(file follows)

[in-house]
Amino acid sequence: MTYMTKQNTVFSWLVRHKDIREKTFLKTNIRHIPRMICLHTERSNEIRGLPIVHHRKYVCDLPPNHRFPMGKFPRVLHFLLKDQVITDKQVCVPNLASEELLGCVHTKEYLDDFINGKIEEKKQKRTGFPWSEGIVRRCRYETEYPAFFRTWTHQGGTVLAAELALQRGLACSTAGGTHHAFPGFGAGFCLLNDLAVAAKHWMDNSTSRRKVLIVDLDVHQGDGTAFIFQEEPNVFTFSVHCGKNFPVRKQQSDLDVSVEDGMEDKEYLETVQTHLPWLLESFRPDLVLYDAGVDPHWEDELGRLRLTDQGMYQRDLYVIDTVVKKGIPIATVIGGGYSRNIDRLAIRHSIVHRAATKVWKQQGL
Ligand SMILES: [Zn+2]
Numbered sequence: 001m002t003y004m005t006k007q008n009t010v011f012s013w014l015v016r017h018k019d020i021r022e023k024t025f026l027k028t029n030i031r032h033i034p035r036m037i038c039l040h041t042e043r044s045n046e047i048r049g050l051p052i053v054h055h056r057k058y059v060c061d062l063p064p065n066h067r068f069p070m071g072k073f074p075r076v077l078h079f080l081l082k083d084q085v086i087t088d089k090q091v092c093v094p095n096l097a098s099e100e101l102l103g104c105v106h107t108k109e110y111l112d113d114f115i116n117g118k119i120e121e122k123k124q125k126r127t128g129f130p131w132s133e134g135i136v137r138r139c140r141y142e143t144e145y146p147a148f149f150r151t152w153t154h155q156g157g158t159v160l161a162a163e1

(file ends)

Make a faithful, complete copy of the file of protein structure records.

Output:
[in-house]
Amino acid sequence: MTYMTKQNTVFSWLVRHKDIREKTFLKTNIRHIPRMICLHTERSNEIRGLPIVHHRKYVCDLPPNHRFPMGKFPRVLHFLLKDQVITDKQVCVPNLASEELLGCVHTKEYLDDFINGKIEEKKQKRTGFPWSEGIVRRCRYETEYPAFFRTWTHQGGTVLAAELALQRGLACSTAGGTHHAFPGFGAGFCLLNDLAVAAKHWMDNSTSRRKVLIVDLDVHQGDGTAFIFQEEPNVFTFSVHCGKNFPVRKQQSDLDVSVEDGMEDKEYLETVQTHLPWLLESFRPDLVLYDAGVDPHWEDELGRLRLTDQGMYQRDLYVIDTVVKKGIPIATVIGGGYSRNIDRLAIRHSIVHRAATKVWKQQGL
Ligand SMILES: [Zn+2]
Numbered sequence: 001m002t003y004m005t006k007q008n009t010v011f012s013w014l015v016r017h018k019d020i021r022e023k024t025f026l027k028t029n030i031r032h033i034p035r036m037i038c039l040h041t042e043r044s045n046e047i048r049g050l051p052i053v054h055h056r057k058y059v060c061d062l063p064p065n066h067r068f069p070m071g072k073f074p075r076v077l078h079f080l081l082k083d084q085v086i087t088d089k090q091v092c093v094p095n096l097a098s099e100e101l102l103g104c105v106h107t108k109e110y111l112d113d114f115i116n117g118k119i120e121e122k123k124q125k126r127t128g129f130p131w132s133e134g135i136v137r138r139c140r141y142e143t144e145y146p147a148f149f150r151t152w153t154h155q156g157g158t159v160l161a162a163e1